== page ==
MEDICINE

What causes AIDS?

Scientists question the accepted theories

TOM FENNELL June 1 1992
MEDICINE

What causes AIDS?

Scientists question the accepted theories

TOM FENNELL June 1 1992

What causes AIDS?

MEDICINE

Scientists question the accepted theories

In 1983, French scientist Luc Montagnier’s discovery of a virus widely believed to cause AIDS elicited an outpouring of optimism among researchers seeking a cure for the disease. Many of them predicted that a vaccine to control the deadly human immunodeficiency virus would soon be produced. Governments began spending billions of dollars on research into the virus and on public health campaigns aimed at limiting the spread of HIV. But now, a growing number of scientists, including Montagnier himself, have begun to question the role of HIV in the spread of AIDS. While officials of the World Health Organization estimate that about 12 million people in the world are currently infected with HIV, many scientists now suspect that the virus alone may not be responsible for AIDS. Other contrarian theorists, including Peter Duesberg, a professor of molecular and cell biology at the University of California at Berkeley, go even further in debunking current thinking on

the causes and transmission of AIDS. Duesberg, who maintains that HIV has nothing to do with AIDS, has been shocking public health officials recently by declaring that heterosexuals who are not intravenous drug users can safely have multiple seit partners without facing a high risk of contracting AIDS. In fact, Duesberg told Maclean’s last week: “There is no evidence that AIDS is an infectious disease.”

While most mainstream AIDS researchers reject Duesberg’s position, scientists working in the field are dividing into three distinct camps on HIV’s role in AIDS. Those in the first group say that Hiv, acting by itself, triggers the onslaught of AIDS, which destroys the human immune system and is always fatal. Scientists in a burgeoning second camp contend that HIV plays a critical role in causing the cells in the body’s immune system to attack themselves, possibly in combination with other micro-organisms. Duesberg leads a third group that claims that, although HIV is present in many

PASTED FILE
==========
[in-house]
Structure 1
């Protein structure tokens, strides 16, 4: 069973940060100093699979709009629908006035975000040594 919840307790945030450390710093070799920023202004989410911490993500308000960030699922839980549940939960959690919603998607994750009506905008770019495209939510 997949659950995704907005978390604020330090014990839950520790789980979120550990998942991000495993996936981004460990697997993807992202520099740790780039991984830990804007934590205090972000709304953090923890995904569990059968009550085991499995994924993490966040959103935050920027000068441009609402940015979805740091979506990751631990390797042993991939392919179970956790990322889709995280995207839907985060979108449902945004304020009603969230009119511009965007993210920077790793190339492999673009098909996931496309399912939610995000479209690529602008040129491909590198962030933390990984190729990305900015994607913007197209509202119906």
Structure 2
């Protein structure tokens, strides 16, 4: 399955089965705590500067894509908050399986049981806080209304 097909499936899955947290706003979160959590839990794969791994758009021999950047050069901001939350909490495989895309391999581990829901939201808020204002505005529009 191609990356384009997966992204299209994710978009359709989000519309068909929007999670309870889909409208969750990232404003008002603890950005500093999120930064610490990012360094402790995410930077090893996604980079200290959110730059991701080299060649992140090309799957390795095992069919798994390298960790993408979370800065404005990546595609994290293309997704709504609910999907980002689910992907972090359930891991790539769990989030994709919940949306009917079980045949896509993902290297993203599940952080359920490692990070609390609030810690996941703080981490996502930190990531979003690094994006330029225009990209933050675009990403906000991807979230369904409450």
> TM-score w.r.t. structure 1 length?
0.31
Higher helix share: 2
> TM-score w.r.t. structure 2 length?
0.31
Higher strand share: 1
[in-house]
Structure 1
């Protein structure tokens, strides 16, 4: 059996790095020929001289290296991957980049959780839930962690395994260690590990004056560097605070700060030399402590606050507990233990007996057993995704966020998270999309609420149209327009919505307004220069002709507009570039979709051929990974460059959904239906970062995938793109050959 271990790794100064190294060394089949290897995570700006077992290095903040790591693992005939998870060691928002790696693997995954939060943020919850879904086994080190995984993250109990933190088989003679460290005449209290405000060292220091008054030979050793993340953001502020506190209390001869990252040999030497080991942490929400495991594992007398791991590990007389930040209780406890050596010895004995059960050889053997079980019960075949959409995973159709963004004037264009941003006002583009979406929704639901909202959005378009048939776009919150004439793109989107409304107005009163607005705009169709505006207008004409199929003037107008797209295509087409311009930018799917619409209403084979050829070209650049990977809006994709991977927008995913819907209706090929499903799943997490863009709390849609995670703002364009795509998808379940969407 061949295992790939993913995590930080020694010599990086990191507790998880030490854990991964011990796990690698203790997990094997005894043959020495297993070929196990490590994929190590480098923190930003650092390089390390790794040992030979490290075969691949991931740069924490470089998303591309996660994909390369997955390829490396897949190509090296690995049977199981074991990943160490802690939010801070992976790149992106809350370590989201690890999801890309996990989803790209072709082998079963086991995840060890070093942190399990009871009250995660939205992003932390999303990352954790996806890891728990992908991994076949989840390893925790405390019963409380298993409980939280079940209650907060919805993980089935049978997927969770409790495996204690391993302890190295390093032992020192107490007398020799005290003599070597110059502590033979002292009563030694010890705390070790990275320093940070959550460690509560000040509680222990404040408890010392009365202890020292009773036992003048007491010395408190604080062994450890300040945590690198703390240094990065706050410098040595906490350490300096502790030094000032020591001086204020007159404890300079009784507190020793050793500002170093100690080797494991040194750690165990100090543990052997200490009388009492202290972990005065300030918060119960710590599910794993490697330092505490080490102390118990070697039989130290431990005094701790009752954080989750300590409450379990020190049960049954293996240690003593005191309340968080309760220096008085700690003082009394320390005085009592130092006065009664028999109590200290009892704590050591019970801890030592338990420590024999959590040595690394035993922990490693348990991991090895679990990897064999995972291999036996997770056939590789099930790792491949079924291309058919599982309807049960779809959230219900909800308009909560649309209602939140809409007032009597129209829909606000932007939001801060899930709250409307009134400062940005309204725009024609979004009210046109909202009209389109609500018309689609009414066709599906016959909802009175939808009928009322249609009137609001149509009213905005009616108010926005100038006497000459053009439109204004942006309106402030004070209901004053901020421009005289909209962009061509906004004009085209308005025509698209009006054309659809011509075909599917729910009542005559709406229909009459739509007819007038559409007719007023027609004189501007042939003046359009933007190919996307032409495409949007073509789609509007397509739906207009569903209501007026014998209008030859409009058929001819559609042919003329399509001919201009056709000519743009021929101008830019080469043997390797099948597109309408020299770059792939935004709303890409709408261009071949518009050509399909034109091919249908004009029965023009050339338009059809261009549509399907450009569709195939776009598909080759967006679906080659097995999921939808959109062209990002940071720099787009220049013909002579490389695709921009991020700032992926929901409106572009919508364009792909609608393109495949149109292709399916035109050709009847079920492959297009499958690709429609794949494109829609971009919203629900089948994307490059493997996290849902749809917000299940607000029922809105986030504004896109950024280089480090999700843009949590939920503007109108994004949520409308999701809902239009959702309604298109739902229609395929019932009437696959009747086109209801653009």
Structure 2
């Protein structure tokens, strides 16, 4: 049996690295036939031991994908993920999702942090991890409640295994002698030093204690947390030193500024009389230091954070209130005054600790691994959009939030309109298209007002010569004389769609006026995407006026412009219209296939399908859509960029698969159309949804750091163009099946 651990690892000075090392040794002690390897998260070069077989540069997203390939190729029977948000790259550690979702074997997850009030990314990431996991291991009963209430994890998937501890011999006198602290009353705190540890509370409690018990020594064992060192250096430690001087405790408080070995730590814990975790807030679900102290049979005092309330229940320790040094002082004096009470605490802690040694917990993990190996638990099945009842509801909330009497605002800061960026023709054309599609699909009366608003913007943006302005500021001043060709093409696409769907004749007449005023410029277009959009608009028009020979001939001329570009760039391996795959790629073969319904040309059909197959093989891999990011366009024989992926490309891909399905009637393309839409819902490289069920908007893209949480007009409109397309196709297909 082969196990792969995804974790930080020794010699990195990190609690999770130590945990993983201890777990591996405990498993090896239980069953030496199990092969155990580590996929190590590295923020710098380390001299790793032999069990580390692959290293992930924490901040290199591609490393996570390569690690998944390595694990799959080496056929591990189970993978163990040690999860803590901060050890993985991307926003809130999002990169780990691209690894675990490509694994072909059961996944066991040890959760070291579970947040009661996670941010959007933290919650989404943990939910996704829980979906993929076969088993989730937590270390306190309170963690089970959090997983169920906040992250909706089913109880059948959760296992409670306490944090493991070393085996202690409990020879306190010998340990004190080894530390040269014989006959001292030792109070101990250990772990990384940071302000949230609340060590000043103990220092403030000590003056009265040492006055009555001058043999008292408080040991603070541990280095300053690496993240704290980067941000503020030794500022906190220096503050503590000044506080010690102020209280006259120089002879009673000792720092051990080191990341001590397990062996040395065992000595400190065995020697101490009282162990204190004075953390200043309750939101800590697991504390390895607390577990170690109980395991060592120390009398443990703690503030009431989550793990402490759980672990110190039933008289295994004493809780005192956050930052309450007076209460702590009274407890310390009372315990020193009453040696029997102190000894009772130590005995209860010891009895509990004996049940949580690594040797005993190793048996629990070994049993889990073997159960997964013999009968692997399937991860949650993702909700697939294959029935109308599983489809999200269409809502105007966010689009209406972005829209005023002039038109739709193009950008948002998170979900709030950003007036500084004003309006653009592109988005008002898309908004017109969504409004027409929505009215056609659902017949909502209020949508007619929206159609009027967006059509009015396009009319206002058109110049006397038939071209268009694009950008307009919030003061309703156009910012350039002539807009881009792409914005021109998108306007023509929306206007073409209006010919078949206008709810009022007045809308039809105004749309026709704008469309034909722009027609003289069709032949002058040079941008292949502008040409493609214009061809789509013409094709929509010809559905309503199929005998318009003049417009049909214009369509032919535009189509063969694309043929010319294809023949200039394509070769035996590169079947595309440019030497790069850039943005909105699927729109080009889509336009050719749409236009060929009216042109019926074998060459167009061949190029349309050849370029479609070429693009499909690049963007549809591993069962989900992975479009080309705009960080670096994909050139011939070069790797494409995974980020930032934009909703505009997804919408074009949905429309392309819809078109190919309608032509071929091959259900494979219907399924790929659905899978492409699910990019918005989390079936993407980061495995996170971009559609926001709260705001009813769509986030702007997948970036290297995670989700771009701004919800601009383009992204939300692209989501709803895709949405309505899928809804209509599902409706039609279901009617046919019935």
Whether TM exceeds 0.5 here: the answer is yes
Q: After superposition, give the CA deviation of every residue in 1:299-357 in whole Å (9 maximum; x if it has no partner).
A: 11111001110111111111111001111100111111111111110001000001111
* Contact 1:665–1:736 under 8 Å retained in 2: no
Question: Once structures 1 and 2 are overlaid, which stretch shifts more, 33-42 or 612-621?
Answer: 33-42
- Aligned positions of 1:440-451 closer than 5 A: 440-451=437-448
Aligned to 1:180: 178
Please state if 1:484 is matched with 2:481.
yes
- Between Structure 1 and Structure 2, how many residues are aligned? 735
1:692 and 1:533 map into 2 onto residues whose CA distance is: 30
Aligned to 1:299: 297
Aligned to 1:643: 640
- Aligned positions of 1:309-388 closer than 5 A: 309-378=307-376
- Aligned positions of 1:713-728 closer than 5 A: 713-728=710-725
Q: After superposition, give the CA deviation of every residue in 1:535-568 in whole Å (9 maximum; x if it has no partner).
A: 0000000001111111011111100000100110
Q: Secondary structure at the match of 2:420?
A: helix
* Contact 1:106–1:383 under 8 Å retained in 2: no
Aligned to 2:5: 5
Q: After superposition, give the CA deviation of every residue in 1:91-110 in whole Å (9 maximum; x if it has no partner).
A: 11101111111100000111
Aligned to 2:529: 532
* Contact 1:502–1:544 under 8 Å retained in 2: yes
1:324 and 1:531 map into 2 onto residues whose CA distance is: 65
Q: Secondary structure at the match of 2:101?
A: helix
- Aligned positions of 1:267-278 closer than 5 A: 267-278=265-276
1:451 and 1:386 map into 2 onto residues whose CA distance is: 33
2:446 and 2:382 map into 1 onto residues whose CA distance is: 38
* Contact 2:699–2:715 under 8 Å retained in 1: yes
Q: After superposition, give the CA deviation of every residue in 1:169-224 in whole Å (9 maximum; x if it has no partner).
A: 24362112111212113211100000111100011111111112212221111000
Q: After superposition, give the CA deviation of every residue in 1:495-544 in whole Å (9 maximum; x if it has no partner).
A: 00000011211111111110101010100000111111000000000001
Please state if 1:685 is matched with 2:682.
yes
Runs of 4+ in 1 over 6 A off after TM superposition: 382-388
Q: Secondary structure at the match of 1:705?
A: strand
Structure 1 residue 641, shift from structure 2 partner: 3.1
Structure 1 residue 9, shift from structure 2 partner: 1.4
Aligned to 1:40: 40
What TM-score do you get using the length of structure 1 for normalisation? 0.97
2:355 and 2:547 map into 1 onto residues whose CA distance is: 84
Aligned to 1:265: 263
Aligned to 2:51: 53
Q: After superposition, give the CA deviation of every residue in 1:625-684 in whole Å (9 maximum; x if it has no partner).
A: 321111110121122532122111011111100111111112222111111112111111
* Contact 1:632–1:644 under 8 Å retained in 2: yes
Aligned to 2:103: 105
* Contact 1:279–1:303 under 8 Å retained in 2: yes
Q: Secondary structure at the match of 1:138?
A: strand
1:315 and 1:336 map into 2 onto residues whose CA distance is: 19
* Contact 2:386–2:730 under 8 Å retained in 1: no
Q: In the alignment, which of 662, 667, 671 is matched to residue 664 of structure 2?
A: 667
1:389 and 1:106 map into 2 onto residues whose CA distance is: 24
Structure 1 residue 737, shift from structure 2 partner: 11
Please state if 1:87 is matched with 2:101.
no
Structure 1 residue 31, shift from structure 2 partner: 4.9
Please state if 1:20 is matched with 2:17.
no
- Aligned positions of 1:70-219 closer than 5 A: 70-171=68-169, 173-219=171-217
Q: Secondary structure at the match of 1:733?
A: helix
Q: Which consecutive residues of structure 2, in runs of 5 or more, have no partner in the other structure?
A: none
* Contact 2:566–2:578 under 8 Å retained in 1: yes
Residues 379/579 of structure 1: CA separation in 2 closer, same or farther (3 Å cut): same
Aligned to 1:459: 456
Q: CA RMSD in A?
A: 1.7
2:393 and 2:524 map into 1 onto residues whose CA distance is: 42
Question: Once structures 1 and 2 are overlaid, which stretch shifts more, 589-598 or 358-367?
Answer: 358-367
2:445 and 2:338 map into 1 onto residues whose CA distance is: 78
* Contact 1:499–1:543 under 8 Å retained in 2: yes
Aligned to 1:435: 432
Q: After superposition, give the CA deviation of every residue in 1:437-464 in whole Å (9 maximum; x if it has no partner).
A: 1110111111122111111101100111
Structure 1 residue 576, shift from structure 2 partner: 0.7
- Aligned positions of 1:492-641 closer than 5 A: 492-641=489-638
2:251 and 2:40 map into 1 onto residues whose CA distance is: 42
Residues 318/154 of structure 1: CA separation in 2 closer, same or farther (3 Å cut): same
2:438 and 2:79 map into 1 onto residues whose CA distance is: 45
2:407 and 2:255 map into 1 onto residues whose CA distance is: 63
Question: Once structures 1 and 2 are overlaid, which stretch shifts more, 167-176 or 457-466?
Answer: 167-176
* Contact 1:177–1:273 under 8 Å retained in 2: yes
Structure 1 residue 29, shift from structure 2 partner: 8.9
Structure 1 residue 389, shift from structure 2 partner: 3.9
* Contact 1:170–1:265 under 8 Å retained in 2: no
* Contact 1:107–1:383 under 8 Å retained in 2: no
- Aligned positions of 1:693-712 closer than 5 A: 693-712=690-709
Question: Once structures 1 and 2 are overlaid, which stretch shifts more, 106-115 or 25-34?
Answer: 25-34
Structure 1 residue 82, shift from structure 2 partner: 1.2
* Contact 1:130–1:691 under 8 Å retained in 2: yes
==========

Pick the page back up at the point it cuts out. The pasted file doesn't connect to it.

AIDS patients, it does not cause the fatal disease.

While some Canadian scientists have begun to work on the assumption that factors other than HIV may be involved in the development of AIDS, most of them reject the extreme third position. Said Mark Wainberg, director of the AIDS Centre at Montreal’s McGill University: “To say that HIV is innocuous is reprehensible and irresponsible. It certainly is a necessary component in the development of AIDS.”

Still, some of the arguments put forward by the dissident AIDS scientists appear to be gaining credibility. Last month, a British government-supported medical body announced that it would fund research aimed at showing that HIV does not directly cause AIDS. And in midMay in Amsterdam, more than 200 scientists, physicians and patients met at an international conference titled AIDS: A Different View. Montagnier, who told the meeting that he is reassessing the role of HIV in the development of AIDS, said that the virus may be sent on its destructive course in the human body by changes in micro-organisms in the body known as mycoplasmas. Mycoplasmas are common parasites in human tissue that some researchers believe may play a role in causing AIDS. As well, Robert Root-Bemstein, associate professor of physiology at Michigan State University in East Lansing, said that the mycoplasmas, along with HIV, may cause the immune system to destroy itself in AIDS patients.